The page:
Archive for the 'challah' Category

16
Apr
15

Barbara Bensoussan Makes Challah


This coming Shabbat is typically one when most people make “key or schlissel” challah. While some will bake it in a key shape, others put a key inside. I belong to the latter group, and for this Shabbat I plan to change the usual shape of my challah. This time, I will shape it as Barbara Bensoussan explains in the following video and in her book A Well Spiced Life:

Basic Challah Recipe

This is my best “Challah for Dummies” recipe. One of the biggest mistakes challah novices make is to work too much flour into the dough, since bread dough feels so sticky on the hands, but the result is a heavy loaf better employed as a doorstop. This recipe kneads the dough in a food processor, so you are less likely to make this mistake. The recipe makes one large challah, but since it goes so quickly, you can simply make one loaf, dump out the dough, and repeat the process as many times as you like. In the interests of sneaking some nutrition into my white-bread-loving children, I usually add a tablespoon of wheat germ to the dough.

2 ¼ teaspoons dry yeast (1 package) dissolved in ½ cup very warm water along with ½ teaspoon sugar
3 cups flour, preferably high-gluten
2-3 tablespoons sugar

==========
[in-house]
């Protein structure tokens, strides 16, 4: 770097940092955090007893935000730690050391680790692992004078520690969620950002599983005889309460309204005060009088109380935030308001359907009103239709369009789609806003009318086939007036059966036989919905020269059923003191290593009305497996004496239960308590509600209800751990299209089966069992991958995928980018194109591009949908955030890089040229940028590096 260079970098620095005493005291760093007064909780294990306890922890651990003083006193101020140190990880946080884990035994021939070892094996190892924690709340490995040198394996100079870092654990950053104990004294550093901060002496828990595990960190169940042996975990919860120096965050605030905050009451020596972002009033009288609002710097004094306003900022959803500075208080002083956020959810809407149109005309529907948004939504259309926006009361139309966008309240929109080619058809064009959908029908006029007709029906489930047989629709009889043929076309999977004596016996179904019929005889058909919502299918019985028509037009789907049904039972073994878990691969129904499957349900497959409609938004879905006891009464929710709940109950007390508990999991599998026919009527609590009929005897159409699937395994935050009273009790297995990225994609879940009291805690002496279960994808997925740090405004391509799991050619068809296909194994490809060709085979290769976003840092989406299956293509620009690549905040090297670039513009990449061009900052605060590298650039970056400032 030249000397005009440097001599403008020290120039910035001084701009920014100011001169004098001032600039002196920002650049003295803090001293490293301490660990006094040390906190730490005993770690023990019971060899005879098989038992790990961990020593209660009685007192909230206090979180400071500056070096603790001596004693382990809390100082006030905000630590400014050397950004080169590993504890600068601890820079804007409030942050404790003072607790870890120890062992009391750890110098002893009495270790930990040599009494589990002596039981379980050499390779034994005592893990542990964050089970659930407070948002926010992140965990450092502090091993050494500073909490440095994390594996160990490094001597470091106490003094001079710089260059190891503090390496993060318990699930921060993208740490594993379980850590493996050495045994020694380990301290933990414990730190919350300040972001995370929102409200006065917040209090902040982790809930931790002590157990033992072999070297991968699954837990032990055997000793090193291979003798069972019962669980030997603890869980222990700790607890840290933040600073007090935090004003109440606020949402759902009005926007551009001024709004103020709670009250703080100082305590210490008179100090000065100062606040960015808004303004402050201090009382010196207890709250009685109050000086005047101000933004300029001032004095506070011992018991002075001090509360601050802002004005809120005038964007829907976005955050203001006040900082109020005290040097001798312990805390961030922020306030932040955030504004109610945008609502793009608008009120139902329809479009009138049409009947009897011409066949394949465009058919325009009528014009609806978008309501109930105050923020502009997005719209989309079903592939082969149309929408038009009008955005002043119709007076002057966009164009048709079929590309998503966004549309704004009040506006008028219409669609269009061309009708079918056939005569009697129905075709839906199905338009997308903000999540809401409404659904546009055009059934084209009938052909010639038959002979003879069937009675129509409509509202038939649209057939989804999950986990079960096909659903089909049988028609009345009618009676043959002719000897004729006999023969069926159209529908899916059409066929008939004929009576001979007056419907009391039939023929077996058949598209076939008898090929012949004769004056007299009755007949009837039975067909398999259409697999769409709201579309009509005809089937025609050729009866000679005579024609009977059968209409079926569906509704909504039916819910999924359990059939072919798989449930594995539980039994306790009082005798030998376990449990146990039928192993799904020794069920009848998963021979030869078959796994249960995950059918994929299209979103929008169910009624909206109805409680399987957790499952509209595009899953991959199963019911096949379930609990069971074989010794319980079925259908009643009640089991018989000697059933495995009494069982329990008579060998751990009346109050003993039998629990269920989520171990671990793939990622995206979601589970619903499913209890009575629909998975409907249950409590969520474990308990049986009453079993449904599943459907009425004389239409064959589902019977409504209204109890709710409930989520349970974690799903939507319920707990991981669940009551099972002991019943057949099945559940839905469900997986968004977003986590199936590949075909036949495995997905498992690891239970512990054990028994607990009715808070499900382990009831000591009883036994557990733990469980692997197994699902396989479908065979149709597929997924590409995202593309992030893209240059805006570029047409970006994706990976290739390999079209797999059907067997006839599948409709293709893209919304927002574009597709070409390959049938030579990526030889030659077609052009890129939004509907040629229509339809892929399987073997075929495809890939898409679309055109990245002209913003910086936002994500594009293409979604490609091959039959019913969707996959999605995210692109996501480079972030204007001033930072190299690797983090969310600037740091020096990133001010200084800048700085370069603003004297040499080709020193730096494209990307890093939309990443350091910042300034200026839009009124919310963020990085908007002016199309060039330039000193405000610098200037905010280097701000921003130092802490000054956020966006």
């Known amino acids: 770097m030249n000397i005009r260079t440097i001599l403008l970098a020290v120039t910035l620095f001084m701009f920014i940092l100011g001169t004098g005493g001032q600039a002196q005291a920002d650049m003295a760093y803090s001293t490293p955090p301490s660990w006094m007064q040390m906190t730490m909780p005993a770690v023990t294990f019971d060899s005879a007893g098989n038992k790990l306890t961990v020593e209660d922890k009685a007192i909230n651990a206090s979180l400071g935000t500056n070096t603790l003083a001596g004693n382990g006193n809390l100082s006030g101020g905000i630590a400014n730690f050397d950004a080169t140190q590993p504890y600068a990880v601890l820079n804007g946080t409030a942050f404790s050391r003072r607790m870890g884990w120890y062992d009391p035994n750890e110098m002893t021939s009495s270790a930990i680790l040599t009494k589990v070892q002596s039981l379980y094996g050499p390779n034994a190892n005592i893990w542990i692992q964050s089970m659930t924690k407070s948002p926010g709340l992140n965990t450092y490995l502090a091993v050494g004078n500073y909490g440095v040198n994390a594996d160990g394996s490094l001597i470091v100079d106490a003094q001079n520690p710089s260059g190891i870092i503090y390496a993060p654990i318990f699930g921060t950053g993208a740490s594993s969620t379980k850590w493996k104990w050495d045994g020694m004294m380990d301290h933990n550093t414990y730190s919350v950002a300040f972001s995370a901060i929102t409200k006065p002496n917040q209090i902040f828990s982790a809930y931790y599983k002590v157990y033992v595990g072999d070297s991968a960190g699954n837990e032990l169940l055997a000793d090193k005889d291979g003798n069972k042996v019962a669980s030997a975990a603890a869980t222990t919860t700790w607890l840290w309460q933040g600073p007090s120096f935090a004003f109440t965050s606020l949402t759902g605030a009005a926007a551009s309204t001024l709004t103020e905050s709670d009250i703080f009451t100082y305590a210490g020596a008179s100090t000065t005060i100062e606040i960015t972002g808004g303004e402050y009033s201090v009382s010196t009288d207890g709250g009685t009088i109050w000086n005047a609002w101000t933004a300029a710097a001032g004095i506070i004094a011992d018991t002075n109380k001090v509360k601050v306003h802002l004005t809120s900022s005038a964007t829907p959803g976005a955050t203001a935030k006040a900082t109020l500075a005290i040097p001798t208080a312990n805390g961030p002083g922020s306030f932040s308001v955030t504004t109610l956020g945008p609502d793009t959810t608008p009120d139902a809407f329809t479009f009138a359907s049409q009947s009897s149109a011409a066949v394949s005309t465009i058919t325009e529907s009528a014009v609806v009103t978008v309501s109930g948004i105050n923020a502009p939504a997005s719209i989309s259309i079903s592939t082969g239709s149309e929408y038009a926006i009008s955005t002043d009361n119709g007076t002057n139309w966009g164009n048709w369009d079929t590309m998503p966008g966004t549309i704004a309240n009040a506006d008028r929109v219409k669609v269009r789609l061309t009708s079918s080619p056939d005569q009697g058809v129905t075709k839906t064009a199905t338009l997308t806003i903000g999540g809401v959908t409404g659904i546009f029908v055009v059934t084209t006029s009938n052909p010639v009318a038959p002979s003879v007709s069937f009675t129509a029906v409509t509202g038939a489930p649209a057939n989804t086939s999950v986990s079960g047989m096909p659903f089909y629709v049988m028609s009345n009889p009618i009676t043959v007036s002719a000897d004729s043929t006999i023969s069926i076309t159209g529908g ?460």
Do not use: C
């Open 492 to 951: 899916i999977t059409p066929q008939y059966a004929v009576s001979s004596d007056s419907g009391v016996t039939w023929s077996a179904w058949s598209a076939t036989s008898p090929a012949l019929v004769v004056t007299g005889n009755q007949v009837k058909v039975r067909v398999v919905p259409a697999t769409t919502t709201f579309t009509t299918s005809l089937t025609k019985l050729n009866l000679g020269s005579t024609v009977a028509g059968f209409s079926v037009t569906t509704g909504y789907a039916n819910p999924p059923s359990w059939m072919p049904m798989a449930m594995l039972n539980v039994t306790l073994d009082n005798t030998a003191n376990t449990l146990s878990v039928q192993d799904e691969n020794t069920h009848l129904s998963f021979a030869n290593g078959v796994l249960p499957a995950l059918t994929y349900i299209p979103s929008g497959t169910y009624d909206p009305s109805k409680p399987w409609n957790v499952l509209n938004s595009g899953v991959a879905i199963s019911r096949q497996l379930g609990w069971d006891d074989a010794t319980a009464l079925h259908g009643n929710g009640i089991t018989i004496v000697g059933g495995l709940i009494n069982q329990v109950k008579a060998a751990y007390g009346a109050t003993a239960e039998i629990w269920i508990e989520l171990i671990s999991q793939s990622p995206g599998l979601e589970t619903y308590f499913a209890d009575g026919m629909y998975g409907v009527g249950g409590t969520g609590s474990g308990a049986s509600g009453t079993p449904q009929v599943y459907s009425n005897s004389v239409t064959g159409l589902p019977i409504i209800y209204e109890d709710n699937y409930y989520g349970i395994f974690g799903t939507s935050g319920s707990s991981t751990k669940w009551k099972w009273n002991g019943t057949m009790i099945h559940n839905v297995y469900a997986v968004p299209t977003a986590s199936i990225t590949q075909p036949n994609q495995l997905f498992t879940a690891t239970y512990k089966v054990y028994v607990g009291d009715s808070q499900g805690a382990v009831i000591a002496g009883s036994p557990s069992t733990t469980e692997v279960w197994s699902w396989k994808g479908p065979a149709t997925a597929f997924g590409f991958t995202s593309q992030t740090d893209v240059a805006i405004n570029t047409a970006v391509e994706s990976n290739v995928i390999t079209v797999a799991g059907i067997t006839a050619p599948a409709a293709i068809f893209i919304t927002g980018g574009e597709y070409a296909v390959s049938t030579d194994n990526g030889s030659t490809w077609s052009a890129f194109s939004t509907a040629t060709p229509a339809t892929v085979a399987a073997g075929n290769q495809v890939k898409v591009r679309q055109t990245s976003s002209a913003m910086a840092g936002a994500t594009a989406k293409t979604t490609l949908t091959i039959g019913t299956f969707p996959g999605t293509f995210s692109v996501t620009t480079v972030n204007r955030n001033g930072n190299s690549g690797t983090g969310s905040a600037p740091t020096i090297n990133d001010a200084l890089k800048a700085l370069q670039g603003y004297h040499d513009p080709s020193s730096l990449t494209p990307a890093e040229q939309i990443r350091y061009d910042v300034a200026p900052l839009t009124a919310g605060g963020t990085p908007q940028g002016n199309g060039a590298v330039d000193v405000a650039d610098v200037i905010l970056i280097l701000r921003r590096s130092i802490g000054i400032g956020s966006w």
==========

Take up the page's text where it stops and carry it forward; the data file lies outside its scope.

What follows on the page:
1 ½ teaspoons salt
1 tablespoon wheat germ (optional)
1 egg
1/3 cup oil
1/3 cup water
1 beaten egg for glazing the challah; sesame or poppy seeds for garnishing, if desired
PAM spray and corn meal to grease the pans

Place flour, sugar, salt and wheat germ in the bowl of the food processor and pulse to blend.  Add the yeast-and-water mix (it should be foamy after five minutes) and process another 5-10 seconds.  Combine an egg and 1/3 cup oil and water into a small bowl; now dump this into the processor and continue processing until the mixture forms a ball around the blades of the machine—this make take 20-30 seconds (if you have a plastic dough knife for your machine, use it; if not, a regular steel blade will also do the trick).  Check the dough; if it seems tough and dry, add a couple of tablespoons of water; if it seems too wet and won’t come together, add more flour, ¼ cup at a time.

Let the dough process on a medium-low speed for one minute.  Voila!  The dough is done.  Place into an oiled bowl, turn it once, cover it with a plastic bag, and let it rise until doubled, about an hour and a half (may rise faster if your kitchen is hot).

kosher-scene-copyright-copy22

BarbBenssousChall

Punch it down and repeat the rising (it’s not absolutely necessary to do two risings, but I think it makes a smoother loaf).  The second rising may go faster than the first.  When doubled again, punch down the dough.  Shape into a loaf, either by braiding it or, as my mother-in-law does, by rolling it into a long rectangle from which you cut a fringe on one end and roll it up.  (I never managed to master braiding with six strands, but an easier, and also very nice, option is to divide the dough into four parts.  Braid three of them, then make a skinny braid with the fourth part.  Slice a little trough down the length of the big braid with a knife and nestle the smaller braid inside it—this will keep it from sliding off during baking, and makes a pretty double-braided shape.)  I like to use aluminum loaf pans to bake my challahs, as the high sides help them rise and maintain a more professional, uniform shape; spray them with Pam and dust with corn meal.